The Secrets of Pain by Phil Rickman
|The Secrets of Pain by Phil Rickman|
|Category: General Fiction|
|Reviewer: Louise Laurie|
|Summary: Merrily Watkins' job is a tricky one - she's an exorcist. Rural Hereford currently has a spate of nasty, brutal, bloody and altogether strange incidents and Merrily's expertise is required - along with other professionals.|
|Buy? Yes||Borrow? Yes|
|Pages: 448||Date: September 2011|
|External links: Author's website|
It's a freezing winter's night and a couple of the locals are driving home when they come across a strange and disturbing incident. They don't know what to make of it but as the SAS have a training presence in the area Gomer and Danny put it down to exercises and breath a sigh of relief. It's anything for a quiet life round these parts and thanks to Rickman's excellent writing, we soon see that these men, Gomer especially, are characters in themselves. Plenty of personality. Once seen, difficult to forget. And I didn't want to forget them. They also speak in the local dialect which comes across very well indeed.
We then meet Merrily and her daughter in the local pub. And although Merrily wears a dog collar (hate that description), she's refreshingly modern and unstuffy. She drinks and swears (the former in moderation, the latter less so) and has a 'boyfriend' Lol. I loved her down-to-earthiness right from the start. They are discussing this recent 'event' which has kind of spooked Gomer and Danny, regardless of what they say. Hard to blow an ole Volvo off the road says someone in the group. But the chat soon turns to local, rural matters.
I must admit that for the first couple of chapters I was finding it a little difficult to connect fully with the story and the characters, if I'm honest. I wasn't appreciating the quirkiness - but I did later on. The locals (and there's a fair number to get to grips with) also boast the odd quirky nickname. But I soon recovered from this initial hiccup as I read further into the story and Rickman's terrific style started to impress me.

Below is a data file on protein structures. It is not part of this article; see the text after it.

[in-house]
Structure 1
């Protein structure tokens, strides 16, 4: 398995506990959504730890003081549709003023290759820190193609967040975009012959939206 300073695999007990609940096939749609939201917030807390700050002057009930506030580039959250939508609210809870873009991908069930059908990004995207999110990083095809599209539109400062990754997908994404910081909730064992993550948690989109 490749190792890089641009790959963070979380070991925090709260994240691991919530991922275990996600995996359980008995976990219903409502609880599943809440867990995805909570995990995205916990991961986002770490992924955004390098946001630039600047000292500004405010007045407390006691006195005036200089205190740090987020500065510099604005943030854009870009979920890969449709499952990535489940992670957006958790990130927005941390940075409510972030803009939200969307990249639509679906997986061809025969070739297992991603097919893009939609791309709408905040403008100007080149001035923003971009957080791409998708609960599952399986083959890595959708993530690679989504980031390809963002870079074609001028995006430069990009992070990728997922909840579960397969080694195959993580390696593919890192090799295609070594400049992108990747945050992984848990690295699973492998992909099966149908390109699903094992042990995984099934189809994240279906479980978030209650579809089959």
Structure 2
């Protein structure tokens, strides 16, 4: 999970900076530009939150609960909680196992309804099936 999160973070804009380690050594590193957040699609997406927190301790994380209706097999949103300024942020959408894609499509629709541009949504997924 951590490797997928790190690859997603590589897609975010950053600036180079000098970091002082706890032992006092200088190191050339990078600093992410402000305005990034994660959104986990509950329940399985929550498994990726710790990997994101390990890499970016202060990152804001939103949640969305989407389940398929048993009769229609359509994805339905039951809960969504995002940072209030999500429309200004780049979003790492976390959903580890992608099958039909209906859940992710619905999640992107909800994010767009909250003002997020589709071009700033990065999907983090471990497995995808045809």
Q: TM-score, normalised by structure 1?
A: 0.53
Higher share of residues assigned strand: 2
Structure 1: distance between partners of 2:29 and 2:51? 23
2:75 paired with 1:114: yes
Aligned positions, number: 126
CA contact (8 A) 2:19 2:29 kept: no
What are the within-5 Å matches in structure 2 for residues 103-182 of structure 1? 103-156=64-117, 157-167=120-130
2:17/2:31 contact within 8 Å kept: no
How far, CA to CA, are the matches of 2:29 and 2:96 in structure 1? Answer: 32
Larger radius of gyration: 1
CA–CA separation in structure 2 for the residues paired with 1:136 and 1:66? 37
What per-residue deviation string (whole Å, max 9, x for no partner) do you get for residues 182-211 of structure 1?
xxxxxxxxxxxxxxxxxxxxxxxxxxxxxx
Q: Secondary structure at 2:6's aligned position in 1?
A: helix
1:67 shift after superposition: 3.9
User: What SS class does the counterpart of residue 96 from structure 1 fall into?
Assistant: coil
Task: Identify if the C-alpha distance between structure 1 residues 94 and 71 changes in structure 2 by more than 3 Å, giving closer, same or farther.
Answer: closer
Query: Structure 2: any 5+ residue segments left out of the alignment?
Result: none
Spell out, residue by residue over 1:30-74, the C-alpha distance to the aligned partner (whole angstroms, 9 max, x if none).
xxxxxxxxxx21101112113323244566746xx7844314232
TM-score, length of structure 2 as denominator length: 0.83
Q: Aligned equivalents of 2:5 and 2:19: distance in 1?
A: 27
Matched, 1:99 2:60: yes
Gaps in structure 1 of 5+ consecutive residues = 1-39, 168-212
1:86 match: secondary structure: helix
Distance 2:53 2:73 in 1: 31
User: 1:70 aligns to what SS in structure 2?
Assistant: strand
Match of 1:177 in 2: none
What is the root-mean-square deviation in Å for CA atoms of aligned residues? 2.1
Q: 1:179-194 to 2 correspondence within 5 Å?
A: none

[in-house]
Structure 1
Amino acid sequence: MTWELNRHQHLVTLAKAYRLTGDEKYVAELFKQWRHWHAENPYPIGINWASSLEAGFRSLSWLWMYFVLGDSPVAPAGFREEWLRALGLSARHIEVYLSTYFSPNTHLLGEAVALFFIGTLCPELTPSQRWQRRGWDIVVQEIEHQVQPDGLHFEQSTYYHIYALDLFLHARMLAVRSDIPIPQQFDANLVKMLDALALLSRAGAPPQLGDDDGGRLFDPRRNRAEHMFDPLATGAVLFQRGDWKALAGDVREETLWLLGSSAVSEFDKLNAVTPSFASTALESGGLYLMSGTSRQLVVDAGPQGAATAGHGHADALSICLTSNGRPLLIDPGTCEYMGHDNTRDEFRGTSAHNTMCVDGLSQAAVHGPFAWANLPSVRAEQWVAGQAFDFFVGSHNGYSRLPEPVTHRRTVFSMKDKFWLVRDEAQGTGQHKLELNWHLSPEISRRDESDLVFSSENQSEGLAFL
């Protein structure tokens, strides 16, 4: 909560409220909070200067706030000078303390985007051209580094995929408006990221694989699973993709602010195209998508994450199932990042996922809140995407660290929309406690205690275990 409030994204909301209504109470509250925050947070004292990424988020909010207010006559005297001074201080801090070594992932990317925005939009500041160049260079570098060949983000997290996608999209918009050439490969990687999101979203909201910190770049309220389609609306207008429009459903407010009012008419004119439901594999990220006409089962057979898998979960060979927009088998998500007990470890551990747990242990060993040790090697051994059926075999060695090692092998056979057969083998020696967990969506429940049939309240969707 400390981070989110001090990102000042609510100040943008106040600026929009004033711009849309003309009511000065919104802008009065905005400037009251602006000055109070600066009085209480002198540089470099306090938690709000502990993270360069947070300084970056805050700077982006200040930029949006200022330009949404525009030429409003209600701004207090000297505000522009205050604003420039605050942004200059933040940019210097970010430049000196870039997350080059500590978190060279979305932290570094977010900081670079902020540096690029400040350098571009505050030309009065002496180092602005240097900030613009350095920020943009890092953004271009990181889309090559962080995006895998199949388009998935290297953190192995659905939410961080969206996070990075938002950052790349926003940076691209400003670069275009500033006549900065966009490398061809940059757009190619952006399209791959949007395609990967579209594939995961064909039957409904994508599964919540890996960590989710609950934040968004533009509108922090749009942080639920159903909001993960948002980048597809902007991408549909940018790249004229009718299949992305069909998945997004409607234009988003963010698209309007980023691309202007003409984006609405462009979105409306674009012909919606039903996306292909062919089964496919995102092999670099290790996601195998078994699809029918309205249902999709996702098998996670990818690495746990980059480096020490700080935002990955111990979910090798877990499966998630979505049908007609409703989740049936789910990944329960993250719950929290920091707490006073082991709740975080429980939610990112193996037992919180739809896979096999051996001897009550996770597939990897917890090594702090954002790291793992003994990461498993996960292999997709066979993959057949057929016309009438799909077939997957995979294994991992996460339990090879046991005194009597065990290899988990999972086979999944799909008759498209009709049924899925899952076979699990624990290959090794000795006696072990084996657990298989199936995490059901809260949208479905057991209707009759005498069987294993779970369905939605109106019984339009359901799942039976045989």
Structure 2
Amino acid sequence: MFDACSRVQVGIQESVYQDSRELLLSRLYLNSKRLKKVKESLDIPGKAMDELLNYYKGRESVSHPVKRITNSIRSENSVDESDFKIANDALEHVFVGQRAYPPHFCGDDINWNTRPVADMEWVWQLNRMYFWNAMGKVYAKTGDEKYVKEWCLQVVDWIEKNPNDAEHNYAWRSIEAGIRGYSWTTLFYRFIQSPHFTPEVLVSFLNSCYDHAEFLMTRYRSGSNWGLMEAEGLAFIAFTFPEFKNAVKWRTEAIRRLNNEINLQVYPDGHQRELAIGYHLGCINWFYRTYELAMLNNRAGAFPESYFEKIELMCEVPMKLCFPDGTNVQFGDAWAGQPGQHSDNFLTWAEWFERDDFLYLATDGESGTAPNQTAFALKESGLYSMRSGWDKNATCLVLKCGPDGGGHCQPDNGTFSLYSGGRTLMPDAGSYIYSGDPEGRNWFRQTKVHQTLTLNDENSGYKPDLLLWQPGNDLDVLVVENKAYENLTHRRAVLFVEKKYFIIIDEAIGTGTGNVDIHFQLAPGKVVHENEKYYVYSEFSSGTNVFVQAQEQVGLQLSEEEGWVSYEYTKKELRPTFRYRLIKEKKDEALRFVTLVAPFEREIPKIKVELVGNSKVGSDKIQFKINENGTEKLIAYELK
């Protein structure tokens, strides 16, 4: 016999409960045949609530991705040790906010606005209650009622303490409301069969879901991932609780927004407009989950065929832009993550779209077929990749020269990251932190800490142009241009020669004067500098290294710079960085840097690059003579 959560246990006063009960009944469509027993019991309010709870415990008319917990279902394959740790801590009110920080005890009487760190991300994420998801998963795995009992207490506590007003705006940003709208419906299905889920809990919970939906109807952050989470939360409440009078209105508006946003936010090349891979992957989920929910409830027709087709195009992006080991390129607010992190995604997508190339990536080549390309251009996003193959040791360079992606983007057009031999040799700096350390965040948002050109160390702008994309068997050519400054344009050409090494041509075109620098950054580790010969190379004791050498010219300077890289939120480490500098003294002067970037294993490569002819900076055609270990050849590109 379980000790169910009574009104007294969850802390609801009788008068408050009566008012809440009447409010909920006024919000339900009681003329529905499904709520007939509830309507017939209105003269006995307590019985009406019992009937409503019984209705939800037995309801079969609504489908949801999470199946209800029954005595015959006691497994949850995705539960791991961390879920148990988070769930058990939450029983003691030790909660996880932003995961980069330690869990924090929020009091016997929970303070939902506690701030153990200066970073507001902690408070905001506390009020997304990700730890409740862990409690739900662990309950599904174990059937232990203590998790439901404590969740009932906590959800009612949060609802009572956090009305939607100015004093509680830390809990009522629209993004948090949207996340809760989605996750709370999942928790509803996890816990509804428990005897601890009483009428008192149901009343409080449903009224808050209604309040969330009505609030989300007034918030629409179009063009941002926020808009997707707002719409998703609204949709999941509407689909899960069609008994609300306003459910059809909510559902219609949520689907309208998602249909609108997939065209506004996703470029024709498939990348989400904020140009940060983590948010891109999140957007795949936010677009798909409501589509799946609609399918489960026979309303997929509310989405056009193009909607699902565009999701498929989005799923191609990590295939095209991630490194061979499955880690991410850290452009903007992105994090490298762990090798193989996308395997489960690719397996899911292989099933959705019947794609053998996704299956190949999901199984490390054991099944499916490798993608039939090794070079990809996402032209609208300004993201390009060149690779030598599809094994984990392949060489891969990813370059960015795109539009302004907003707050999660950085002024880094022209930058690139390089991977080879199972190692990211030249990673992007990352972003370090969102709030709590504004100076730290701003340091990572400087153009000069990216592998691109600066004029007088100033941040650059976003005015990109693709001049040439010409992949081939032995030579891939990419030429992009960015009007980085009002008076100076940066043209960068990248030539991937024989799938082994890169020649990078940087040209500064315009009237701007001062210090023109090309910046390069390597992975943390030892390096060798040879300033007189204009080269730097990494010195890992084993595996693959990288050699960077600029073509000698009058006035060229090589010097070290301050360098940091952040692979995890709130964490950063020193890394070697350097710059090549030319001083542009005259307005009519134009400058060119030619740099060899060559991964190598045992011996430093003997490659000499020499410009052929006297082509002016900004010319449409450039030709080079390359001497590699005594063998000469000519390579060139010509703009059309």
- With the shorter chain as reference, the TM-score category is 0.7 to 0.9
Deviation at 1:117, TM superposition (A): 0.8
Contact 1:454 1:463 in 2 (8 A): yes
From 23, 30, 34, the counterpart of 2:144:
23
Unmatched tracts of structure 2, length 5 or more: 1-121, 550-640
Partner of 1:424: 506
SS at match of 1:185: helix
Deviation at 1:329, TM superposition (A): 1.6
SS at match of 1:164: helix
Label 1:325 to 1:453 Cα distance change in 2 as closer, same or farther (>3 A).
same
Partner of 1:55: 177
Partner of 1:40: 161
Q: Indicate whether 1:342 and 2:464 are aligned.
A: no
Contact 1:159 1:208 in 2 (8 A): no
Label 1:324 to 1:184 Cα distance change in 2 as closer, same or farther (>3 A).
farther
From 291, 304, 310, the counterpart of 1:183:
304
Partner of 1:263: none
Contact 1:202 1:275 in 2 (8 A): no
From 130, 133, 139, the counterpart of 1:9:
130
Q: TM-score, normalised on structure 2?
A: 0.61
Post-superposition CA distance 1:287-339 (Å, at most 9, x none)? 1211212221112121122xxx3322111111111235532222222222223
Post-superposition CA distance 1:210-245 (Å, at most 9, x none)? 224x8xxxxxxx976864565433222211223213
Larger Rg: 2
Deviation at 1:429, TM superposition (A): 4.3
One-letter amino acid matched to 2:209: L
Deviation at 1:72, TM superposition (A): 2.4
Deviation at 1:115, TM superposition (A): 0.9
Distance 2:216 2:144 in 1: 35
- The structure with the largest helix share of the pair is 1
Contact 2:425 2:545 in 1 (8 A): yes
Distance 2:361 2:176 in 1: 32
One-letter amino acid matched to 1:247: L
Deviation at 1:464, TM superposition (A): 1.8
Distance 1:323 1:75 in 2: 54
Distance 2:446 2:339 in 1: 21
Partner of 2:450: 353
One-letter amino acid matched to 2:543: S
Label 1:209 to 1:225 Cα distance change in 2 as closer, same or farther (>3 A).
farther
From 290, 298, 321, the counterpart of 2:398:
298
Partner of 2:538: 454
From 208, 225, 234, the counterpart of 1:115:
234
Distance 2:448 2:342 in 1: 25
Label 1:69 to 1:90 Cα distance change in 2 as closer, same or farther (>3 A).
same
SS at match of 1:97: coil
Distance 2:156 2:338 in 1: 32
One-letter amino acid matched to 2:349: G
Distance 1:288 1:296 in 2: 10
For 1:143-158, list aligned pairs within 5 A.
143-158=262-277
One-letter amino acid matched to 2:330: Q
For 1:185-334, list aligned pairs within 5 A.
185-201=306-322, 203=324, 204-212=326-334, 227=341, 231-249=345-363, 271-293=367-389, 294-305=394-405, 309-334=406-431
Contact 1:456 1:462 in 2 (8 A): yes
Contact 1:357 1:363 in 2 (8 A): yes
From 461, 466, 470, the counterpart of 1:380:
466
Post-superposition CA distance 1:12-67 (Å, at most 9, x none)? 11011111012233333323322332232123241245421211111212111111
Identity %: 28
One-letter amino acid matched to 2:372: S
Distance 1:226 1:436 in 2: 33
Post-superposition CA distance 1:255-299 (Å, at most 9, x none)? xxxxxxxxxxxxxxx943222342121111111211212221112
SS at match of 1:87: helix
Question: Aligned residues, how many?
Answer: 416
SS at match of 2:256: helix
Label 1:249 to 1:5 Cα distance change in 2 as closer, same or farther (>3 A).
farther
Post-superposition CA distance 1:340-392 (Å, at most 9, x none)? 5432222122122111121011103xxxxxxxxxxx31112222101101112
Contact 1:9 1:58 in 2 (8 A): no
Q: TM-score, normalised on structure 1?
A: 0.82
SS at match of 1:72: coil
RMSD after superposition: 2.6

His chapter headings are also creative and fresh which I loved. Chapter 3 is entitled Wet Cassock, for example and yes, it is intriguing. We start to get some background on the soon-to-be forty single mum, Merrily. She struck me as an empathetic but also bright and breezy character. And someone who would be a good and loyal friend.
There's the true locals and then there's the 'pretend' locals. People with bags of money, usually relocating from London and who don't really understand the countryside. There's a terrific, caustic description from Rickman That too-perfect combination of plaid workshirt and Timberland-type boots ... and the Rolex. There's a smattering of posh double-barreled names just to annoy the locals even further - and it seems to work. Tension is in the air, not helped by the fact that a local wealthy landowner has been murdered recently.
Enter the local police headed up by DI Bliss. He's a terrifically believable character, thanks to Rickman. He's moody, mouthy, got plenty of baggage, swears like a trooper, drinks like a ... (get the picture?). His street-savvy conversations either with his colleagues or with the locals are a joy to read and his accent comes to the fore when his temper is hot. Rickman has created some really good characters in this rather complex story.
There's also a good dose of humour throughout which I really appreciated. I laughed out loud several times. Let me just give you a tiny sample. Bliss (great name for a moody sod) and one of his investigating team are deep in conversation with lovely lines such as House-to-house. Well ... farm-to-farm. In the four-by-four and as I can see the dead-pan delivery, it makes it all the more funny and enjoyable. The police dialogue is spot-on and really stood out for me.
I hadn't come across Rickman until now. This book is the latest in the Merrily Watkins series. It was so good that I would happily read all of the previous books. An intricate book with delightful characters and sparkling dialogue. Thoroughly recommended.
I'd like to thank the publishers for sending a copy to the Bookbag.
If this book appeals then you might like to try The Bones of Avalon also by Phil Rickman.
You can read more book reviews or buy The Secrets of Pain by Phil Rickman at Amazon.co.uk
You can read more book reviews or buy The Secrets of Pain by Phil Rickman at Amazon.com.
Like to comment on this review?
Just send us an email and we'll put the best up on the site.